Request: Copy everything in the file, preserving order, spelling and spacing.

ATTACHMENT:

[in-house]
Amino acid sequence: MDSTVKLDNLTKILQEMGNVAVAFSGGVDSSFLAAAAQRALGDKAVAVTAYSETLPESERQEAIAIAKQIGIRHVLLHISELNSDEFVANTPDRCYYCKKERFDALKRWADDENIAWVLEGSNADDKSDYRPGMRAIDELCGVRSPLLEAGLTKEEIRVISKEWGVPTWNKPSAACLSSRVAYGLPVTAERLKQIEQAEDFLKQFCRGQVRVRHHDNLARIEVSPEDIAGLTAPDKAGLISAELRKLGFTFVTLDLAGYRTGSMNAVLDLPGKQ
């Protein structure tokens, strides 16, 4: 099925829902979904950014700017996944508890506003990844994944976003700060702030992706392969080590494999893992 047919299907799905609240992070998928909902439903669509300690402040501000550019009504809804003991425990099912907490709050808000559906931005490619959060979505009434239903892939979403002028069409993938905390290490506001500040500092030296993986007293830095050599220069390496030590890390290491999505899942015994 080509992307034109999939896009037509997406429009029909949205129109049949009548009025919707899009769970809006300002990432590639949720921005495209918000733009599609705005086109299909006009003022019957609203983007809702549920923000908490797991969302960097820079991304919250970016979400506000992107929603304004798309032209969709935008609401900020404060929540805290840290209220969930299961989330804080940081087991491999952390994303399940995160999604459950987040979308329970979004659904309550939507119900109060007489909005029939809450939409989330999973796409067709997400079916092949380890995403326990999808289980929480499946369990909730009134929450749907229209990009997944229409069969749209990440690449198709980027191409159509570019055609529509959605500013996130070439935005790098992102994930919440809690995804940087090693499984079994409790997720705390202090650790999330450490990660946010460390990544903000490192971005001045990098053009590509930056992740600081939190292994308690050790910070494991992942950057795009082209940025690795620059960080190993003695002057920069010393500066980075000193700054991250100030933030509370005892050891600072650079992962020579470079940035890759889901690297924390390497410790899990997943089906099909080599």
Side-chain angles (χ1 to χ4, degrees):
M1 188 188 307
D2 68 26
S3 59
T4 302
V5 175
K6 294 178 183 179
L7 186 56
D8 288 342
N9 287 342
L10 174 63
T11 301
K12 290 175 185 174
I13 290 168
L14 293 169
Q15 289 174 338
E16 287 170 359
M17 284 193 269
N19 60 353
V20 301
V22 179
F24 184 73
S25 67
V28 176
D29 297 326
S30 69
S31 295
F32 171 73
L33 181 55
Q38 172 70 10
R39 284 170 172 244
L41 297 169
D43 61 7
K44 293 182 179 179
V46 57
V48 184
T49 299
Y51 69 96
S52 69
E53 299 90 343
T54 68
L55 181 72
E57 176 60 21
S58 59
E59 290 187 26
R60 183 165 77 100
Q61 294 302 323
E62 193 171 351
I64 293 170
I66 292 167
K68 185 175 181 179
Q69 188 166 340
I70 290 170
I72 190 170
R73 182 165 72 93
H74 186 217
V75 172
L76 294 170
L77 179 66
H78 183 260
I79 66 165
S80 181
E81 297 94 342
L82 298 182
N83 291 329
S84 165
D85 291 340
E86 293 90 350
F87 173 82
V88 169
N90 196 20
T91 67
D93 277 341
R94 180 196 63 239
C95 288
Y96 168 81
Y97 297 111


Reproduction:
[in-house]
Amino acid sequence: MDSTVKLDNLTKILQEMGNVAVAFSGGVDSSFLAAAAQRALGDKAVAVTAYSETLPESERQEAIAIAKQIGIRHVLLHISELNSDEFVANTPDRCYYCKKERFDALKRWADDENIAWVLEGSNADDKSDYRPGMRAIDELCGVRSPLLEAGLTKEEIRVISKEWGVPTWNKPSAACLSSRVAYGLPVTAERLKQIEQAEDFLKQFCRGQVRVRHHDNLARIEVSPEDIAGLTAPDKAGLISAELRKLGFTFVTLDLAGYRTGSMNAVLDLPGKQ
């Protein structure tokens, strides 16, 4: 099925829902979904950014700017996944508890506003990844994944976003700060702030992706392969080590494999893992 047919299907799905609240992070998928909902439903669509300690402040501000550019009504809804003991425990099912907490709050808000559906931005490619959060979505009434239903892939979403002028069409993938905390290490506001500040500092030296993986007293830095050599220069390496030590890390290491999505899942015994 080509992307034109999939896009037509997406429009029909949205129109049949009548009025919707899009769970809006300002990432590639949720921005495209918000733009599609705005086109299909006009003022019957609203983007809702549920923000908490797991969302960097820079991304919250970016979400506000992107929603304004798309032209969709935008609401900020404060929540805290840290209220969930299961989330804080940081087991491999952390994303399940995160999604459950987040979308329970979004659904309550939507119900109060007489909005029939809450939409989330999973796409067709997400079916092949380890995403326990999808289980929480499946369990909730009134929450749907229209990009997944229409069969749209990440690449198709980027191409159509570019055609529509959605500013996130070439935005790098992102994930919440809690995804940087090693499984079994409790997720705390202090650790999330450490990660946010460390990544903000490192971005001045990098053009590509930056992740600081939190292994308690050790910070494991992942950057795009082209940025690795620059960080190993003695002057920069010393500066980075000193700054991250100030933030509370005892050891600072650079992962020579470079940035890759889901690297924390390497410790899990997943089906099909080599």
Side-chain angles (χ1 to χ4, degrees):
M1 188 188 307
D2 68 26
S3 59
T4 302
V5 175
K6 294 178 183 179
L7 186 56
D8 288 342
N9 287 342
L10 174 63
T11 301
K12 290 175 185 174
I13 290 168
L14 293 169
Q15 289 174 338
E16 287 170 359
M17 284 193 269
N19 60 353
V20 301
V22 179
F24 184 73
S25 67
V28 176
D29 297 326
S30 69
S31 295
F32 171 73
L33 181 55
Q38 172 70 10
R39 284 170 172 244
L41 297 169
D43 61 7
K44 293 182 179 179
V46 57
V48 184
T49 299
Y51 69 96
S52 69
E53 299 90 343
T54 68
L55 181 72
E57 176 60 21
S58 59
E59 290 187 26
R60 183 165 77 100
Q61 294 302 323
E62 193 171 351
I64 293 170
I66 292 167
K68 185 175 181 179
Q69 188 166 340
I70 290 170
I72 190 170
R73 182 165 72 93
H74 186 217
V75 172
L76 294 170
L77 179 66
H78 183 260
I79 66 165
S80 181
E81 297 94 342
L82 298 182
N83 291 329
S84 165
D85 291 340
E86 293 90 350
F87 173 82
V88 169
N90 196 20
T91 67
D93 277 341
R94 180 196 63 239
C95 288
Y96 168 81
Y97 297 111